New Research Initiative Aims at Conducting Largest Genetic ASD Project to Date
Within the scientific community, there is still ample debate with regard to the etiology of Autism Spectrum Disorder. Generally, the consensus is that ASD arises from heritable genetic traits, with some studies pointing toward abnormalities associated with the X chromosome (Chakrabarti & Fombonne, 2005), or abnormalities in genetic code (Williams, 2012). Although it is well established that the precise etiology of autism has a genetic component, there are likely numerous genes and other environmental factors that play a role; we still have so much to learn about Autism’s origins. The Simons Foundation Powering Autism Research for Knowledge (SPARK) is a new initiative in autism research that hopes to accelerate the progress of genetic autism research by studying the genetics of the largest sample size of any Autism study to date.
SPARK is funded by the Simons Foundation Autism Research Initiative (SFARI), which supports hundreds of Autism researchers in the United States. With the SPARK project, SFARI hopes to gather genetic data from 50,000 families. At the time of writing this article, just over 10,000 families have been enrolled. That is an amazing feat thus far, but obviously, SPARK still needs a plethora of willing participants to meet their goal. Fortunately, Rush University Medical Center in Chicago is acting as a “hub” for the initiative’s research. WGN recently published an article wherein Dr. Latha Soorya, a researcher at Rush University Medical Center, was interviewed about the study. She stated, “If we can develop treatments related both to the genes or the behavioral profile and really improve this journey families take, where they just do a lot of trial and error around treatments to see what works and what doesn’t and make that a little bit better.” Dr. Soorya’s statement succinctly defines the goals of the SPARK initiative. If we can better understand the etiology of Autism, we will be wholly better equipped to develop even more effective treatment plans that have the potential to ensure better outcomes for individuals with Autism.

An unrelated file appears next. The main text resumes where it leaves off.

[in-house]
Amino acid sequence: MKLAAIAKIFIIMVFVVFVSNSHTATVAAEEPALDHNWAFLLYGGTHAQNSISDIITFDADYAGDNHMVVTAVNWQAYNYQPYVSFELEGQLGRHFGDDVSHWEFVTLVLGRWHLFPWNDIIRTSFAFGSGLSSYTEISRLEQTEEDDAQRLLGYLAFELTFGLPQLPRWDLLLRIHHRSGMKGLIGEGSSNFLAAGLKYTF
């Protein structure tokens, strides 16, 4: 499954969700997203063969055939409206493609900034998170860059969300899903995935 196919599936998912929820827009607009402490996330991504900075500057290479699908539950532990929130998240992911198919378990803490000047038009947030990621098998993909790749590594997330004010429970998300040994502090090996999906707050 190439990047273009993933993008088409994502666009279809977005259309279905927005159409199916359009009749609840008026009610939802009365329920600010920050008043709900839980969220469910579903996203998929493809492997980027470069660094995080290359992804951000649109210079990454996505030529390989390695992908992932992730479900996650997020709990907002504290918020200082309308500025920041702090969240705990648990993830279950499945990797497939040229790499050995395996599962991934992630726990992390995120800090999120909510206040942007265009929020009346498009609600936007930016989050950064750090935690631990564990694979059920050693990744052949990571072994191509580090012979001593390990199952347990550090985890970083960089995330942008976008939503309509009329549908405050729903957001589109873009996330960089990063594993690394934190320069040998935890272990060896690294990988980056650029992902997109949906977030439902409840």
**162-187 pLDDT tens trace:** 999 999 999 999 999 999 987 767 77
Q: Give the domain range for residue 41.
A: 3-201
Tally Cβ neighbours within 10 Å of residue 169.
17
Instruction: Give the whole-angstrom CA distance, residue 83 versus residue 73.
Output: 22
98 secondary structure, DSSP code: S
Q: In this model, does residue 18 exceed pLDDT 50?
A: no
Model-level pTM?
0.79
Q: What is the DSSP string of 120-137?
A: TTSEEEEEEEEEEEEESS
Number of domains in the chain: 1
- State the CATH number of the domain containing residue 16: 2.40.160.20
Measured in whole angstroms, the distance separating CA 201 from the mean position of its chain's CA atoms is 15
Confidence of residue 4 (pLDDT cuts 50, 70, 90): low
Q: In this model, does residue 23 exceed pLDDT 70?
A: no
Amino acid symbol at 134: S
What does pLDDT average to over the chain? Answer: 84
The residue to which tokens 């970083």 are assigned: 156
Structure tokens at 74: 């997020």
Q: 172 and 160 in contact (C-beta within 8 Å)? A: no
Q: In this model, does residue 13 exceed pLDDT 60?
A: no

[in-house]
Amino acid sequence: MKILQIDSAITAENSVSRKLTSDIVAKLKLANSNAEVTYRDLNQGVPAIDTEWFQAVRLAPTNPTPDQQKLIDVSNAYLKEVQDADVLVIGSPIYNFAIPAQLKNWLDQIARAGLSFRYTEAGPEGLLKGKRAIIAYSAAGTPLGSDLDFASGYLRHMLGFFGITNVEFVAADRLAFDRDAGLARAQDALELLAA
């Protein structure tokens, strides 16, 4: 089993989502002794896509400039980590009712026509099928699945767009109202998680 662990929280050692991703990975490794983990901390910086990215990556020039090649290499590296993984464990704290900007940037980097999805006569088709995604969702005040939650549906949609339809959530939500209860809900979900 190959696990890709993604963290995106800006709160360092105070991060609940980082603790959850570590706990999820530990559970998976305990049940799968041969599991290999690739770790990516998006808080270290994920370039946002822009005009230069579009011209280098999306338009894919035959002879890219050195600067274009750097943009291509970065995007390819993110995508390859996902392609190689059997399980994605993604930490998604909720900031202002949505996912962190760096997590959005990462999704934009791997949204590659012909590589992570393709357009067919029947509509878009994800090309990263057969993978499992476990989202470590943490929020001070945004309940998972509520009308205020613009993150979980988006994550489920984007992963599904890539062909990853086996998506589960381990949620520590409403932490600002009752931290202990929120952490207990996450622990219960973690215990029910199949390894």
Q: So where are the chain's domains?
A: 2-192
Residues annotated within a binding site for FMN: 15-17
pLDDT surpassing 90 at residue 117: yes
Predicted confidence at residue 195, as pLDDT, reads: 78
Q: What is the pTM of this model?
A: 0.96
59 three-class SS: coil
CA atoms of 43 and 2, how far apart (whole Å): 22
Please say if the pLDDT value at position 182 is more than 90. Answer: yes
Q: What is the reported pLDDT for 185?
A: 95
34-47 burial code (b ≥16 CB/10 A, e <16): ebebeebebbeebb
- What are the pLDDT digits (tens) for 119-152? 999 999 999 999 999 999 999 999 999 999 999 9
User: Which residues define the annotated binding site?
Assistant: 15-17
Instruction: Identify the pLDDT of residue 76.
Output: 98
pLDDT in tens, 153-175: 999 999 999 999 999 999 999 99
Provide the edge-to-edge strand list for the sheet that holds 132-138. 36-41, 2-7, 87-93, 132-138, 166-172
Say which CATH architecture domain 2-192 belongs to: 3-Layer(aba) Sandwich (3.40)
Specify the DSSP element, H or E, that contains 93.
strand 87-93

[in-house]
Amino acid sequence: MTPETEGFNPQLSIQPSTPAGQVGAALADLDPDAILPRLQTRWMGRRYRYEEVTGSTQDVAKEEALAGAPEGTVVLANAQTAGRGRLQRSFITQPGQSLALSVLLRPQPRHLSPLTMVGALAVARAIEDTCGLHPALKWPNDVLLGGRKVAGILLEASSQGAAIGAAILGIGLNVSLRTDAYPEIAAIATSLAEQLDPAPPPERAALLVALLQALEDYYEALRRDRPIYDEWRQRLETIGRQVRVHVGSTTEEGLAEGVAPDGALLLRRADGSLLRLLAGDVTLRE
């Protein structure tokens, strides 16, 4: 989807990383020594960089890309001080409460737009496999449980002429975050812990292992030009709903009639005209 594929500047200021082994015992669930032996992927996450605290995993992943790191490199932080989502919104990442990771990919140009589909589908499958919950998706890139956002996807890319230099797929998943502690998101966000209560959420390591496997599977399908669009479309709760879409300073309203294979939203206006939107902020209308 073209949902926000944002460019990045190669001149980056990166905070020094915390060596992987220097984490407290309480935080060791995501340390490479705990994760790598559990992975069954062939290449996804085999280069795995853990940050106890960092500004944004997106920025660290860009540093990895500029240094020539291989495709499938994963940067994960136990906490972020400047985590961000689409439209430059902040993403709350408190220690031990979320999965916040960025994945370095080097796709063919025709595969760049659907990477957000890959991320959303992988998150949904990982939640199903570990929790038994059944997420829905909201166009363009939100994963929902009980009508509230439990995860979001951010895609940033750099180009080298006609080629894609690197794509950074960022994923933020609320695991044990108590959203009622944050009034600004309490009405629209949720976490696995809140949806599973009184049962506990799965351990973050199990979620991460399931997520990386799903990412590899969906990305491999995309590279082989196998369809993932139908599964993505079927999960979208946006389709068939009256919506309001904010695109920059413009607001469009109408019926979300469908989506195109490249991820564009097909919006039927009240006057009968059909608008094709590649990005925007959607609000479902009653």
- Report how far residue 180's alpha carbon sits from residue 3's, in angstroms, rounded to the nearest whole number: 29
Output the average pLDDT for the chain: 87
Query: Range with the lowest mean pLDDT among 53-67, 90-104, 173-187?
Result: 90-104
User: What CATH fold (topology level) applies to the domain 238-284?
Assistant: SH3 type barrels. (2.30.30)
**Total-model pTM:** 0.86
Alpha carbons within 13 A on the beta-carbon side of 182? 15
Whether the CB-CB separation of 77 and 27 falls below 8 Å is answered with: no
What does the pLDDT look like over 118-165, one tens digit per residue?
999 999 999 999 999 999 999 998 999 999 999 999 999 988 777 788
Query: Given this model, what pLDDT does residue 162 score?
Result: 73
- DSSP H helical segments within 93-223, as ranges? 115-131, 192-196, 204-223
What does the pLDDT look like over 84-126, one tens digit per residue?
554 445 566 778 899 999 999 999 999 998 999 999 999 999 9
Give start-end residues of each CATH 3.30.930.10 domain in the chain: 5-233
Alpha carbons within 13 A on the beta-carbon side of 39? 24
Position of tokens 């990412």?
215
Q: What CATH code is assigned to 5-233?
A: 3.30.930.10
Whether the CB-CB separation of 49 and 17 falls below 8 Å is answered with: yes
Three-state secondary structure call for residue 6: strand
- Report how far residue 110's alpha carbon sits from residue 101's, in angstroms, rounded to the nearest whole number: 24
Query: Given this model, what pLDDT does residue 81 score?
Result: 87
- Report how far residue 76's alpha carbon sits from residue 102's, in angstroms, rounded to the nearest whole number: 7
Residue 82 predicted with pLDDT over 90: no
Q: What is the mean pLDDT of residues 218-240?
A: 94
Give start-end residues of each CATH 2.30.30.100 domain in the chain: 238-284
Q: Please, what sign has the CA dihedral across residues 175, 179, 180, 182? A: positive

For more information on the SPARK initiative, visit: https://sparkforautism.org/portal/homepage/
For more information about SPARK at Rush, visit:
Chakrabarti, S., & Fombonne, E. (2005). Pervasive development of disorders in preschool children: Confirmation of high prevalence. American Journal of Psychiatry, 162, 1133-1141.
Czink, Katharin. (2018, April 5). Chicago at forefront of autism research with genetic sample gathering. WGN9, Retrieved from: http://wgntv.com/2018/04/05/chicago-at-forefront-of-autism-research-with-genetic-sample-gathering/
Williams White, S., Keonig, K., & Scahill, L. (2007). Social skills development in children with autism spectrum disorders: A review of the intervention research. Journal of Autism and Developmental Disorders, 37, 1858–1868.